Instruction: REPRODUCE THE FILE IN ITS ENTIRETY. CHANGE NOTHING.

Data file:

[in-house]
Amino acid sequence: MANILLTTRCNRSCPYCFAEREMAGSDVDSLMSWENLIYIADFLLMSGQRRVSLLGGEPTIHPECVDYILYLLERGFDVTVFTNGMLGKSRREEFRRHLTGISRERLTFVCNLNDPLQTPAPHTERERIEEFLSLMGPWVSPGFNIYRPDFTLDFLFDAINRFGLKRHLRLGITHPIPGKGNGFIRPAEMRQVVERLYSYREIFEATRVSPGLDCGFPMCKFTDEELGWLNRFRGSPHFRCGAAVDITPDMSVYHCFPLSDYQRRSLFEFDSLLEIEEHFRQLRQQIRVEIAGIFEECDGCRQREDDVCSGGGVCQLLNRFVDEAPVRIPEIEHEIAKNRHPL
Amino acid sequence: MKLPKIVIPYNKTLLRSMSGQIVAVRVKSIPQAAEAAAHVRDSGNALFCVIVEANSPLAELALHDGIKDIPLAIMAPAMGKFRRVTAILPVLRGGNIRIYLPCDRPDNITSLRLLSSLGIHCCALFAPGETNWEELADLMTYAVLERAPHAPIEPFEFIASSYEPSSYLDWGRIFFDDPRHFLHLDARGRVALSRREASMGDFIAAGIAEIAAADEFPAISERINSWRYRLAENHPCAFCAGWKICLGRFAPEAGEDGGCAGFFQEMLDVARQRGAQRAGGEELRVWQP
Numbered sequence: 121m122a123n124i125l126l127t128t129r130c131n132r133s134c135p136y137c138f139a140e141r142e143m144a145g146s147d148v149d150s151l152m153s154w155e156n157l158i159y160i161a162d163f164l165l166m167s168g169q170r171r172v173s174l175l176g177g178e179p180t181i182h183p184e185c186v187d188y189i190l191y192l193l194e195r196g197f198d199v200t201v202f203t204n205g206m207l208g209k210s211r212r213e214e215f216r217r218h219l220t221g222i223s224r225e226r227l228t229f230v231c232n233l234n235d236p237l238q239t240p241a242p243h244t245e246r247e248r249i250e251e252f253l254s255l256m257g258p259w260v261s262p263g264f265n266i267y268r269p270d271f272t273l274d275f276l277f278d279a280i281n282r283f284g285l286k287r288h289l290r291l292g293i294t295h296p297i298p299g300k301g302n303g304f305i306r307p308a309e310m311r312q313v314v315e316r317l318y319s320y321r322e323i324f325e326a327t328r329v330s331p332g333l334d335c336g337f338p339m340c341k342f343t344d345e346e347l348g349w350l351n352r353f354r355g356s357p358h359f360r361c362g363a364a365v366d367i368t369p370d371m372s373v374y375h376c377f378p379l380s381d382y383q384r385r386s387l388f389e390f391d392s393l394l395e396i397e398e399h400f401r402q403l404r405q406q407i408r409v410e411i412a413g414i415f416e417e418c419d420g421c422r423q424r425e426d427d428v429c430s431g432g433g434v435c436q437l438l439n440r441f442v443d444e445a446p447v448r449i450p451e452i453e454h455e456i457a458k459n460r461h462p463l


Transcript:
[in-house]
Amino acid sequence: MANILLTTRCNRSCPYCFAEREMAGSDVDSLMSWENLIYIADFLLMSGQRRVSLLGGEPTIHPECVDYILYLLERGFDVTVFTNGMLGKSRREEFRRHLTGISRERLTFVCNLNDPLQTPAPHTERERIEEFLSLMGPWVSPGFNIYRPDFTLDFLFDAINRFGLKRHLRLGITHPIPGKGNGFIRPAEMRQVVERLYSYREIFEATRVSPGLDCGFPMCKFTDEELGWLNRFRGSPHFRCGAAVDITPDMSVYHCFPLSDYQRRSLFEFDSLLEIEEHFRQLRQQIRVEIAGIFEECDGCRQREDDVCSGGGVCQLLNRFVDEAPVRIPEIEHEIAKNRHPL
Amino acid sequence: MKLPKIVIPYNKTLLRSMSGQIVAVRVKSIPQAAEAAAHVRDSGNALFCVIVEANSPLAELALHDGIKDIPLAIMAPAMGKFRRVTAILPVLRGGNIRIYLPCDRPDNITSLRLLSSLGIHCCALFAPGETNWEELADLMTYAVLERAPHAPIEPFEFIASSYEPSSYLDWGRIFFDDPRHFLHLDARGRVALSRREASMGDFIAAGIAEIAAADEFPAISERINSWRYRLAENHPCAFCAGWKICLGRFAPEAGEDGGCAGFFQEMLDVARQRGAQRAGGEELRVWQP
Numbered sequence: 121m122a123n124i125l126l127t128t129r130c131n132r133s134c135p136y137c138f139a140e141r142e143m144a145g146s147d148v149d150s151l152m153s154w155e156n157l158i159y160i161a162d163f164l165l166m167s168g169q170r171r172v173s174l175l176g177g178e179p180t181i182h183p184e185c186v187d188y189i190l191y192l193l194e195r196g197f198d199v200t201v202f203t204n205g206m207l208g209k210s211r212r213e214e215f216r217r218h219l220t221g222i223s224r225e226r227l228t229f230v231c232n233l234n235d236p237l238q239t240p241a242p243h244t245e246r247e248r249i250e251e252f253l254s255l256m257g258p259w260v261s262p263g264f265n266i267y268r269p270d271f272t273l274d275f276l277f278d279a280i281n282r283f284g285l286k287r288h289l290r291l292g293i294t295h296p297i298p299g300k301g302n303g304f305i306r307p308a309e310m311r312q313v314v315e316r317l318y319s320y321r322e323i324f325e326a327t328r329v330s331p332g333l334d335c336g337f338p339m340c341k342f343t344d345e346e347l348g349w350l351n352r353f354r355g356s357p358h359f360r361c362g363a364a365v366d367i368t369p370d371m372s373v374y375h376c377f378p379l380s381d382y383q384r385r386s387l388f389e390f391d392s393l394l395e396i397e398e399h400f401r402q403l404r405q406q407i408r409v410e411i412a413g414i415f416e417e418c419d420g421c422r423q424r425e426d427d428v429c430s431g432g433g434v435c436q437l438l439n440r441f442v443d444e445a446p447v448r449i450p451e452i453e454h455e456i457a458k459n460r461h462p463l